05.27.21

Opening Statement of Ranking Member John Boozman at Hearing to Consider the Nomination of Janie Simms Hipp, of Arkansas, to be General Counsel at USDA

WASHINGTON—U.S. Senator John Boozman (R-AR), Ranking Member of the U.S. Senate Committee on Agriculture, Nutrition, and Forestry, released the following opening remarks, as prepared, from the hearing to consider the nomination of Janie Simms Hipp to be general counsel at the U.S. Department of Agriculture (USDA):

Good morning. I am pleased to welcome Janie Simms Hipp to the committee as we consider her nomination to be general counsel at the U.S. Department of Agriculture.

Ms. Hipp, if confirmed as general counsel, will be responsible for providing advice and counsel directly to the secretary and deputy secretary. In addition to overseeing the Washington, D.C.-based office, the general counsel supervises 12 field offices within Office of General Counsel (OGC).

Ms. Hipp currently serves as the CEO of the Native American Agriculture Fund, created as a result of the Keepseagle litigation settlement, with a charge to distribute remaining settlement funds to eligible entities to assist, educate, and support Native American farmers and ranchers.

Ms. Hipp has a vast array of agricultural law experience spanning decades serving at USDA in several roles.

She has a deep bond in Arkansas, earning an LL.M. in agriculture and food law from the University of Arkansas School of Law; and serving in various positions at the National Center for Agricultural Law Research and Information at the University of Arkansas School of Law. It is truly great to see a fellow Razorback serving our broad agricultural community with such dedication.

It is important USDA has a general counsel who can be relied upon by Congress and the agriculture community to provide sound, practical, and candid legal guidance to the department. Aggies have many concerns these days, some of which are a direct result of action, or inaction, by the department.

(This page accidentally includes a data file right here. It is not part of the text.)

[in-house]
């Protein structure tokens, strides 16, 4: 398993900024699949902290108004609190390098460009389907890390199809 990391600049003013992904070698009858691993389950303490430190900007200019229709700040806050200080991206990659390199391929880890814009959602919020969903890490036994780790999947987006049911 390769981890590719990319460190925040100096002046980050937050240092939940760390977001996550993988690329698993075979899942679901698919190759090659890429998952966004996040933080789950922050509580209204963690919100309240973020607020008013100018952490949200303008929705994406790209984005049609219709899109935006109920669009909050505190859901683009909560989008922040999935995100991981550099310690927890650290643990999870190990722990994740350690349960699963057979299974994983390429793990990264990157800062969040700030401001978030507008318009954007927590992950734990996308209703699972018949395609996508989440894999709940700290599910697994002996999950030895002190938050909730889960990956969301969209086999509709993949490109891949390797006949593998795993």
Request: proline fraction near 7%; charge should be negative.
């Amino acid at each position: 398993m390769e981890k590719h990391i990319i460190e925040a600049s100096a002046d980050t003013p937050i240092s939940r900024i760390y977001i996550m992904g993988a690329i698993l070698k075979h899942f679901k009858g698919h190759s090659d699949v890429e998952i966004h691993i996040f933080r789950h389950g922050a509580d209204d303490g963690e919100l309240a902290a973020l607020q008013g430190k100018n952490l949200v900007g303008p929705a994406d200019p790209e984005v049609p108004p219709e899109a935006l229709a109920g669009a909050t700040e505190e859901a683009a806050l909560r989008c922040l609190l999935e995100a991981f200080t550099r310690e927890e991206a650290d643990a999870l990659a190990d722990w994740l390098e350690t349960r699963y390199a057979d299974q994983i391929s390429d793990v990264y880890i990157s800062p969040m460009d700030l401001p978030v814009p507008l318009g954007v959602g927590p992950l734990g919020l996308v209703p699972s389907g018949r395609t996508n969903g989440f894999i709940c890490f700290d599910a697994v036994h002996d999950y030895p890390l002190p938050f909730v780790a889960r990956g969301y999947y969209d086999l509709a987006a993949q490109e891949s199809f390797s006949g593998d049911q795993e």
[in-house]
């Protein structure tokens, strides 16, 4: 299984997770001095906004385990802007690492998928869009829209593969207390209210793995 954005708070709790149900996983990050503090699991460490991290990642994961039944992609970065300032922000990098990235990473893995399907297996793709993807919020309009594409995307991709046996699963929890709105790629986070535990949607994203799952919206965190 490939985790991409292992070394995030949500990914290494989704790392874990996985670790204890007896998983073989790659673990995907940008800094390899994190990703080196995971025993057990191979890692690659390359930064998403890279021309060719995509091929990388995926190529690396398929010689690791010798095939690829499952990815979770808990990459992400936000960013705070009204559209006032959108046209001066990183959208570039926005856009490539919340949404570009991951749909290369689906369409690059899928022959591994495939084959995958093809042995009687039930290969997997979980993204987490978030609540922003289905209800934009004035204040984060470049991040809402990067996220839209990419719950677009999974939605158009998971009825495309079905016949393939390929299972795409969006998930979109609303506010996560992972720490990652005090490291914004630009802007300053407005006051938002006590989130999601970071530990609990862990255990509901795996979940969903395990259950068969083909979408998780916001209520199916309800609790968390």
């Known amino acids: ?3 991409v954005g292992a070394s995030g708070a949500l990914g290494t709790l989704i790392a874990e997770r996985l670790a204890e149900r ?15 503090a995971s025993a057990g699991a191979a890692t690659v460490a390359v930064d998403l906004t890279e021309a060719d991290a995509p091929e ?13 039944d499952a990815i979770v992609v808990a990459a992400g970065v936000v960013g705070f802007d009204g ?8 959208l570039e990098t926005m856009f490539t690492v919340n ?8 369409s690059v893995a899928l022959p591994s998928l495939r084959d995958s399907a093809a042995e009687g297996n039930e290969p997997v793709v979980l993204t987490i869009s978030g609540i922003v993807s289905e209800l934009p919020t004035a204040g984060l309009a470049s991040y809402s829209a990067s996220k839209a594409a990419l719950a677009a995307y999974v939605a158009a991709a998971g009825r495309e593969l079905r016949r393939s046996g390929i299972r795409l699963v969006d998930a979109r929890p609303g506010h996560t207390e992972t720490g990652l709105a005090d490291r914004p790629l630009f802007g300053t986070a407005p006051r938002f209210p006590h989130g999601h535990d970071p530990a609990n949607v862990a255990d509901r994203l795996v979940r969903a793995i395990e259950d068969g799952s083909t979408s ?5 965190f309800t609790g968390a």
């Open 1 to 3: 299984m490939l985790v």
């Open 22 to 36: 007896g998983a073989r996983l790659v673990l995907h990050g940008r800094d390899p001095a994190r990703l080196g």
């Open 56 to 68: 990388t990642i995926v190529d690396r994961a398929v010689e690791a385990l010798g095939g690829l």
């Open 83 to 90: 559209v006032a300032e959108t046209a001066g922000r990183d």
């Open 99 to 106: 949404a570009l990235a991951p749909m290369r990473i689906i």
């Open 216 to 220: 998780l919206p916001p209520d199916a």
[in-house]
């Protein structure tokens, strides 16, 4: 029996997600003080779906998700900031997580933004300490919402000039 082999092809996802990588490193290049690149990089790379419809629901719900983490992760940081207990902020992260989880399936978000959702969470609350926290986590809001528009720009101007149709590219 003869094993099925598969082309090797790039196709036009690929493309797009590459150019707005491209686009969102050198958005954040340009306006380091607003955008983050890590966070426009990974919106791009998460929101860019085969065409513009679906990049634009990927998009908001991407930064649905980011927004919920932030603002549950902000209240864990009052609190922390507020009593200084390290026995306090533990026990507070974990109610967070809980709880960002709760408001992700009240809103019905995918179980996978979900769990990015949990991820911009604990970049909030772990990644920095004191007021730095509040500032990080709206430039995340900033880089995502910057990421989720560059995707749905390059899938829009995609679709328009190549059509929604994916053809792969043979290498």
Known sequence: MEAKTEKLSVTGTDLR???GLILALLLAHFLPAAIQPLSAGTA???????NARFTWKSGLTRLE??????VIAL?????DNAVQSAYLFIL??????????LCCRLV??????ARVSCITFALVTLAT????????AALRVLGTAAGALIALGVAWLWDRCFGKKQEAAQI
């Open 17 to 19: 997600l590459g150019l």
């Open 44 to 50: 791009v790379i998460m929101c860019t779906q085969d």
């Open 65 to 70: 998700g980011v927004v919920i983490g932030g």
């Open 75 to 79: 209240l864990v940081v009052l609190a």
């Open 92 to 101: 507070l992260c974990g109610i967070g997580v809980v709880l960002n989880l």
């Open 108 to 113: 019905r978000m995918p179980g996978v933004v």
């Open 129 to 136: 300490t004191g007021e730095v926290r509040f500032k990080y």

For instance, I remain concerned the administration may force the establishment of a “bank” through the Commodity Credit Corporation (CCC) that would intervene in markets for environmental offsets, or pay farmers, ranchers, and forest-owners for anything “carbon.”

Congress has received neither details nor a legal basis for the establishment of a bank, as the idea seems to constantly evolve and be based on a shaky legal interpretation.

I remain opposed to any effort to shoehorn the establishment and operation of a “carbon bank” into the CCC authority, and I ask the department to communicate details about how such a bank would work, and provide comprehensive legal justification for the establishment of a “bank” prior to any such action taking place.

I expect OGC and the department to follow the call to transparency on important issues, by providing Congress and the public with the basis of its positions. Transparency is key to a good working relationship with Congress, and the lack of it shown so far by the department is concerning to say the least.

I also hope OGC can assist USDA in releasing nearly two billion in financial relief to contract poultry and livestock producers and expediting the regulatory approval for billions more in assistance to producers of agricultural commodities affected by the pandemic.

Using resources from the bipartisan Coronavirus Aid, Relief, and Economic Security Act (CARES), and the Consolidated Appropriations Act of 2021, the department has access to resources to help farmers across the country recover from COVID-19. It is vital this relief reaches those who need it. So, Ms. Hipp, if confirmed, I urge you to do all you can to assist in breaking the log-jam, releasing the funds and expediting the regulatory review process.

Finally, I remain concerned for the future of USDA’s new swine inspection system. Due to a court ruling, USDA will need to reconsider this program and chose a path forward. Their decision will impact thousands of hog farmers, so I implore you to weigh this decision carefully.

Before closing, I would like to mention an issue that really very important to a great number of members of this committee. Several of you have written to me and the Chairwoman asking the committee hold a hearing on livestock and cattle market issues. I believe this is an important topic that warrants review by the committee and I urge the committee to plan as soon as possible to have a hearing. I think the livestock industry, and I was part of this industry for many years, is in a very difficult situation right now. We need to understand exactly what’s going on in that regard and begin to offer solutions.

With that, I yield back to Chairwoman Stabenow.